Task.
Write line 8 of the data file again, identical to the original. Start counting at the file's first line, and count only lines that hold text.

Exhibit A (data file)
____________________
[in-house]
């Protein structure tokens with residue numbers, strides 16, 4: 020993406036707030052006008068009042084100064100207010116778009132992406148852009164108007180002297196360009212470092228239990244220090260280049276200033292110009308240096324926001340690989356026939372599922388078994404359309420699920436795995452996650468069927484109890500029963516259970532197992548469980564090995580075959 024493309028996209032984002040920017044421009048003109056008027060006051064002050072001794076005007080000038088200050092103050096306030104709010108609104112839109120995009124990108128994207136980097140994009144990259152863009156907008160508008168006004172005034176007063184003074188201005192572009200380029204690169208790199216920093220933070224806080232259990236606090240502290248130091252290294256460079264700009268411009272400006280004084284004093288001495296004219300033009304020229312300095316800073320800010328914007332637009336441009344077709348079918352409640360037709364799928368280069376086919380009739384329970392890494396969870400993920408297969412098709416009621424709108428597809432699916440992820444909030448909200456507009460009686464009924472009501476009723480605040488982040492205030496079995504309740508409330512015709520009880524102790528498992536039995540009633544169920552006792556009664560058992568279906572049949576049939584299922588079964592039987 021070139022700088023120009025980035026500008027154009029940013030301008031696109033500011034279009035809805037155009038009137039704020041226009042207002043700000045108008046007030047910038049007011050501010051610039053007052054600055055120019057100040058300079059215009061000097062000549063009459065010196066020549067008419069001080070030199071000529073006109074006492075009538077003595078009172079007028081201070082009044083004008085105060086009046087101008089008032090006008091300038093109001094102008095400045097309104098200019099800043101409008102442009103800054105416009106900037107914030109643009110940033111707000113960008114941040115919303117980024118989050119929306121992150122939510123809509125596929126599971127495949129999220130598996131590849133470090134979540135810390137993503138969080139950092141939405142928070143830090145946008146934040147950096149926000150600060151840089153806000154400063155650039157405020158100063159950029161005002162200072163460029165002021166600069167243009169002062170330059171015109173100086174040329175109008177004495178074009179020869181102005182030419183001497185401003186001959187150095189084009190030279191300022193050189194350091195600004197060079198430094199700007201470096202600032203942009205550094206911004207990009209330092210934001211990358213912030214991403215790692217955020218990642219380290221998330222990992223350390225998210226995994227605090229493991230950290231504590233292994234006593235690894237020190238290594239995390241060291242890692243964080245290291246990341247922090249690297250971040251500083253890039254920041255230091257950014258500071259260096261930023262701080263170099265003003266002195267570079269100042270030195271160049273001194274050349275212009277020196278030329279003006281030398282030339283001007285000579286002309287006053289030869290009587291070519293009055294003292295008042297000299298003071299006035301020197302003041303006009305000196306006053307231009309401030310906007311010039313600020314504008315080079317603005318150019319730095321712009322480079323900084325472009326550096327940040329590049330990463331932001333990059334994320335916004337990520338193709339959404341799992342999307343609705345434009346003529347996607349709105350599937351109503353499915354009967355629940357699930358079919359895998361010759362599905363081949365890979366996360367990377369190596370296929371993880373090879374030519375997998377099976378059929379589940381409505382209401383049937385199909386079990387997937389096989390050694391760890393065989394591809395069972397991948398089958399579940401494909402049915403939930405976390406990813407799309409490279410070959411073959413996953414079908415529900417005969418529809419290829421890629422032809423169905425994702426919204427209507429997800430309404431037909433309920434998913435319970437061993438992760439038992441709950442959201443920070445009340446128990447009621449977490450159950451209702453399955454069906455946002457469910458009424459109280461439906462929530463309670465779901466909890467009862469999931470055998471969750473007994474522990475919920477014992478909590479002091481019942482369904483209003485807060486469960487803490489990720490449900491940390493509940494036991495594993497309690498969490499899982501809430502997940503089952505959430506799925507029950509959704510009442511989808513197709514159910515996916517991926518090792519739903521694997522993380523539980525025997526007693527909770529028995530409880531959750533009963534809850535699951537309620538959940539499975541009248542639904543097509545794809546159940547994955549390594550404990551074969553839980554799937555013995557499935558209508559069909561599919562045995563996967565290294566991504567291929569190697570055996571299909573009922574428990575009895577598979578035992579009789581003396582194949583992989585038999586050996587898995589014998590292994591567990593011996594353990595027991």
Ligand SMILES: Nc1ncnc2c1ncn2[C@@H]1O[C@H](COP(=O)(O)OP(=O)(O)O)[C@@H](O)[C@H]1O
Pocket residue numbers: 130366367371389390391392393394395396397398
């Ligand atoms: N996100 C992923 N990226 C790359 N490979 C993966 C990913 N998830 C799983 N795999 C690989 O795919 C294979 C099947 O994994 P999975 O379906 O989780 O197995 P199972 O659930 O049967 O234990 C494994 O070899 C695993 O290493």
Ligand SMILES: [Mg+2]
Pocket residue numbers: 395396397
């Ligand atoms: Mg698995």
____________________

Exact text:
């Ligand atoms: Mg698995």